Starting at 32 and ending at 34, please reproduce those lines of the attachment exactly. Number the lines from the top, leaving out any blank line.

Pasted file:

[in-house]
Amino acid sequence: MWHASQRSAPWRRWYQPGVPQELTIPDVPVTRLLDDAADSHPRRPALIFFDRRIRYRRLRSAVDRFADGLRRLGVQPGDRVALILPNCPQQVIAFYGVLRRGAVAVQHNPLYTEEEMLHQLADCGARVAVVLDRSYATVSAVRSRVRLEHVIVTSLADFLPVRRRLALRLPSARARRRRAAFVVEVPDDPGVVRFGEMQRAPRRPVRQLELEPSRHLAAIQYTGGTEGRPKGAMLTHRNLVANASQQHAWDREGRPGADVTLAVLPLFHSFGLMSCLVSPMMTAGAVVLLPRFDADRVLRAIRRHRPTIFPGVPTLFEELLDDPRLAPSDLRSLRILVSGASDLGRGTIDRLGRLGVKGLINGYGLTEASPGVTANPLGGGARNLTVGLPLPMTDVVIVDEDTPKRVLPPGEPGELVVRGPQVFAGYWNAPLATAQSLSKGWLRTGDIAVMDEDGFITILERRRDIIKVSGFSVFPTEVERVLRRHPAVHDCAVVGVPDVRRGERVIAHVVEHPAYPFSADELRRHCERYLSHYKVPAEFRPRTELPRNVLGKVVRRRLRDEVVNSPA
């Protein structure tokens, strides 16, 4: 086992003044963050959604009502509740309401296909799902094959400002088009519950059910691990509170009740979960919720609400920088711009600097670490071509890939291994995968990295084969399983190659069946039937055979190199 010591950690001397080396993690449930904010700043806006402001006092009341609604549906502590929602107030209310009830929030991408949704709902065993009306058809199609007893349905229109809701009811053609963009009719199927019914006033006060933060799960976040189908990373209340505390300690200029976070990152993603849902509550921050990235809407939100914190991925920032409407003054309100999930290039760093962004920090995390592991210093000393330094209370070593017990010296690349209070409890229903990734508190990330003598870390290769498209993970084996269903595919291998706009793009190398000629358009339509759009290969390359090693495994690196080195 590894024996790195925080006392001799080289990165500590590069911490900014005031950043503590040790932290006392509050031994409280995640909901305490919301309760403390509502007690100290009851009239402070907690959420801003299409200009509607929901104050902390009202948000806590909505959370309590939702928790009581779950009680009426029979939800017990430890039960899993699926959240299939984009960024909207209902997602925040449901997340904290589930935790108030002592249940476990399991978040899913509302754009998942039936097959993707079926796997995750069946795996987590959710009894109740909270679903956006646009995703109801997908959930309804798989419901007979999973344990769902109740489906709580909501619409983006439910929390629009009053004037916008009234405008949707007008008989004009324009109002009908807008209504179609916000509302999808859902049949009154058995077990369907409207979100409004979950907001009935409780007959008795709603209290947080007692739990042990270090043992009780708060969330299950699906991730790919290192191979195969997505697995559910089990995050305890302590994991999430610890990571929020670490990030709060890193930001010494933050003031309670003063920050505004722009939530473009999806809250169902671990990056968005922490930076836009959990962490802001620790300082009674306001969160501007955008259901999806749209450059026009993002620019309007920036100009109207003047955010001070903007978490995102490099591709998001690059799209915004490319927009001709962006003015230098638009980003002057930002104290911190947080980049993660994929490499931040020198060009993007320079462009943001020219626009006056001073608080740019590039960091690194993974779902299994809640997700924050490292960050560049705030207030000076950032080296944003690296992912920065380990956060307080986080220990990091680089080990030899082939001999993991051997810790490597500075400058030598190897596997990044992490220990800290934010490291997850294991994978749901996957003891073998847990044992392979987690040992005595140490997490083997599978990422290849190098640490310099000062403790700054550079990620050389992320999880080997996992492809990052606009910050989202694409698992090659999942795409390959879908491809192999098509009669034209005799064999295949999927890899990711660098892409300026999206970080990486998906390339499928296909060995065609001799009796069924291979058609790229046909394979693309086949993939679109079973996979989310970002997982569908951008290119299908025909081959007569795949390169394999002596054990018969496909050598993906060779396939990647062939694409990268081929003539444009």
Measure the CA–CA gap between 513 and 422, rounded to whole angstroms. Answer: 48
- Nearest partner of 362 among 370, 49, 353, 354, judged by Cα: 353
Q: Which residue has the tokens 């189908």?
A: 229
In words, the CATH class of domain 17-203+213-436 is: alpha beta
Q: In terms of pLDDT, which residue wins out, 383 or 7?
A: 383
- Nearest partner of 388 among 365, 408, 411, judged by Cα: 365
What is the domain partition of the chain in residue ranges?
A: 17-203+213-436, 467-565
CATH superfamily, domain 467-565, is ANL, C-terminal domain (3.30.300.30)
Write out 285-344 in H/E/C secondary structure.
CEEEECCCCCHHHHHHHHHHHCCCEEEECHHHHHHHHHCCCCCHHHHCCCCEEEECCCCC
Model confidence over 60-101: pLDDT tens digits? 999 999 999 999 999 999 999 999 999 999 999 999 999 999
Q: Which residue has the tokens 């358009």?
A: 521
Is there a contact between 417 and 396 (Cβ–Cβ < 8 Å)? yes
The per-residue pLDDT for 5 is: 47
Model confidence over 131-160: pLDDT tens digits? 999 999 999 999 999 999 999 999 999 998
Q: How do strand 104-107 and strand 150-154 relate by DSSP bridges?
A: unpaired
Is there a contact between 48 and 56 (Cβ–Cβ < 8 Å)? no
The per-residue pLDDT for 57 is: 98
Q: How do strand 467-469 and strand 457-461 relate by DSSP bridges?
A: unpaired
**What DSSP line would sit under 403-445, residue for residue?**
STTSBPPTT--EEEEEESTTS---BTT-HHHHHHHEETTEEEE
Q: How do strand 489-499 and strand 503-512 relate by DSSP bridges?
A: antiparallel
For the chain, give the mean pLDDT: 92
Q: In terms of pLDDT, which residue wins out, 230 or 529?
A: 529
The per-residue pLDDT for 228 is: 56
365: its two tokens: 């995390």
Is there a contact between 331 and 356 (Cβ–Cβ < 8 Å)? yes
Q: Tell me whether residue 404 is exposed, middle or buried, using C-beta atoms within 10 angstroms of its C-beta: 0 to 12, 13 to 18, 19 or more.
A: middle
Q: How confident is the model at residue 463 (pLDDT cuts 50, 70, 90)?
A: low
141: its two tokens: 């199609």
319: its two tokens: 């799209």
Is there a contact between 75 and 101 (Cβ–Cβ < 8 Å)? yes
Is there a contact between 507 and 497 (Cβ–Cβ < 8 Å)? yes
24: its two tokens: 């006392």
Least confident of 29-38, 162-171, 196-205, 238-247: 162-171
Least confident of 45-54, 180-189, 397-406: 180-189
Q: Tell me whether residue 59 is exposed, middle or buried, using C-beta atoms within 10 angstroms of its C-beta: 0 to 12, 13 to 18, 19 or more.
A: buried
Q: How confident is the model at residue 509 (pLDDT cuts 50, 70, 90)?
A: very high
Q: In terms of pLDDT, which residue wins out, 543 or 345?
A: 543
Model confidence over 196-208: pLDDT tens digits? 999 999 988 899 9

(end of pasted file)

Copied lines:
A: antiparallel
For the chain, give the mean pLDDT: 92
Q: In terms of pLDDT, which residue wins out, 230 or 529?